In addition to the ironmongery, HAF@John Planck also supplied, installed and commissioned over 50 automatic door operators throughout with push button and key switch activation based on the client’s requirements. Instead of finger protection devices running vertically for the majority of the door heights, it specified ‘flat scan’ 3D laser safety sensors. The high-resolution volumetric laser curtain detects fingers and bodies in the entire detection area, allowing perfect safety of the hinge zone with coverage of the leading edge to safeguard this part of the door too.

A mix of antique brass and burnished bronze finishes were used on door hardware as well as a nanotech coating

The protective ‘Nanotech’ coating was used on the push to exit buttons and key switches for the auto door operators.

Given the number and variety of architects door designs, sizes, construction and ironmongery requirements, every door type was outside of the door manufacturer’s standard test scope, so each type was independently fire tested (over 50 in total) at a cost of circa £500,000. HAF supplied over £100,000 of sacrificial ironmongery to be burnt as part of each test with over £1,200,000 worth of door leaves tested and burnt during the course of the project. 

As with the hotel, brass was used as the base material of the trim furniture with a mixture of burnished bronze and antique brass finishes chosen to develop a natural patina over the course of time where possible.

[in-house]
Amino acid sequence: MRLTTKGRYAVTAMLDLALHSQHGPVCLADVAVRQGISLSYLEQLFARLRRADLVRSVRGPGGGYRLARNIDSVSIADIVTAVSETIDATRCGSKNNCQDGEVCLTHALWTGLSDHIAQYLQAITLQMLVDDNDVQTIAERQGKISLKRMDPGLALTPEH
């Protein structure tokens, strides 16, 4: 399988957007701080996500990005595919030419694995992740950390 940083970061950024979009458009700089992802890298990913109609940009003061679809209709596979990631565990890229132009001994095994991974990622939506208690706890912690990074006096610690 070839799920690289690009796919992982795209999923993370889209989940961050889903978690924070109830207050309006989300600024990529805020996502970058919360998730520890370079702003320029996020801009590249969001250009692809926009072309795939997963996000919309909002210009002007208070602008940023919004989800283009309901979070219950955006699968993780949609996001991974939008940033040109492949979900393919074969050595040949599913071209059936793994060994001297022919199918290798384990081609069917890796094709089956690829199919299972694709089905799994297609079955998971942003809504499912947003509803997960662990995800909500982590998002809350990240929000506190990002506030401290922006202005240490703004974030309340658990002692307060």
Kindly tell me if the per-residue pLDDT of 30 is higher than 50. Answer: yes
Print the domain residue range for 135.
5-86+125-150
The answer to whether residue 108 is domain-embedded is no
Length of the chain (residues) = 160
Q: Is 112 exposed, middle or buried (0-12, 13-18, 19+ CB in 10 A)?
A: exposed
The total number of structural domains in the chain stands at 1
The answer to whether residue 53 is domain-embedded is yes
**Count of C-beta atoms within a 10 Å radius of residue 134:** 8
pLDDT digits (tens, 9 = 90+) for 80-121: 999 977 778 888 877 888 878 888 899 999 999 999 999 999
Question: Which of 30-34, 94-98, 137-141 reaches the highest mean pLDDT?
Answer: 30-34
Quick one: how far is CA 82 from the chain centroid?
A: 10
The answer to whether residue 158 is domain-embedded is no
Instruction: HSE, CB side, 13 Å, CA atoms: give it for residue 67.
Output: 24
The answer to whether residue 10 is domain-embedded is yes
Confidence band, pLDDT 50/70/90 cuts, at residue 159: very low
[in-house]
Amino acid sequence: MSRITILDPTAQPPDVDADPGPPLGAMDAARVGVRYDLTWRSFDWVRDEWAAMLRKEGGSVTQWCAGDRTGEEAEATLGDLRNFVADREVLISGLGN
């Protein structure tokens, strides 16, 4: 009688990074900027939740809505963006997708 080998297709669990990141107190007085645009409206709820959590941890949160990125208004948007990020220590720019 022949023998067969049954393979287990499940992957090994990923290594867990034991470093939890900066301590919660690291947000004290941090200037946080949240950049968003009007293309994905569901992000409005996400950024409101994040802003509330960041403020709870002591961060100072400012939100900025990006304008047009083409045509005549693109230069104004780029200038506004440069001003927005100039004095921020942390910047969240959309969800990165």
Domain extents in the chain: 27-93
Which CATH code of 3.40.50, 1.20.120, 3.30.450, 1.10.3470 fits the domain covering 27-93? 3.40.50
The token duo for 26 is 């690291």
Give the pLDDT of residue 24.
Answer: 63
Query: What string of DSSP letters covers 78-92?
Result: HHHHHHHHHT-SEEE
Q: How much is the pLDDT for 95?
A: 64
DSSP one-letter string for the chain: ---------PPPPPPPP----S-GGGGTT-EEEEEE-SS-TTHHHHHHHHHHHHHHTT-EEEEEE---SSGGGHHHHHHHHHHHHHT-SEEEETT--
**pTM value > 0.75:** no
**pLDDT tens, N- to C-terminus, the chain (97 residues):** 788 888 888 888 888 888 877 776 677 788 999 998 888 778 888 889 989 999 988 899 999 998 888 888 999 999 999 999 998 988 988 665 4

The lever furniture was bespoke manufactured based on an Art Deco design concept with stepped detailing to the tapered neck and face of the lever handle grip with a matching step to the rosette. Ancillary items such as escutcheons and bathroom turn/releases were also produced, consistent with the stepped detail.

For the entrance doors, bespoke centre door knobs and bell pushes were produced and for the sliding pocket door systems that were used in ‘latch’ and ‘bathroom’ scenarios, we manufactured bespoke ‘plain’ and ‘bathroom’ flush pulls, all machined with the stepped detail design to compliment the trim furniture.

The Spa entrance

This design followed on to the custom floor door stops which had the stepped detail machined into the top surface area.

Even the bespoke casement lever handles that were produced to operate the espagnolettes, some with a euro-profile cylinder cut-out at the correct ‘centres’, had the stepped design detail to the backplate to coordinate with the door ironmongery.

All of this and the relevant corresponding sash lifts, fasteners, stops and screws were all finished in the burnished bronze finish to stay in keeping with the aesthetic theme.

However, a further challenge was with regards to other products produced from alternative materials that were required to be specially refinished to be as close a match as possible to the burnished bronze finish. Items such as the mortice electric locks, automatic door operator covers and arms, anza bolts, ‘push to exit’ buttons and key switches were all successfully re-finished, with the buttons and key switches being done prior to the application of the Nanotech protective coating.

“Monumental is the only adjective to describe an undertaking that transforms 580,000 sq ft of former government offices into 750,000 sq ft of luxury residences and some of the most expensive hotel suites in Europe!”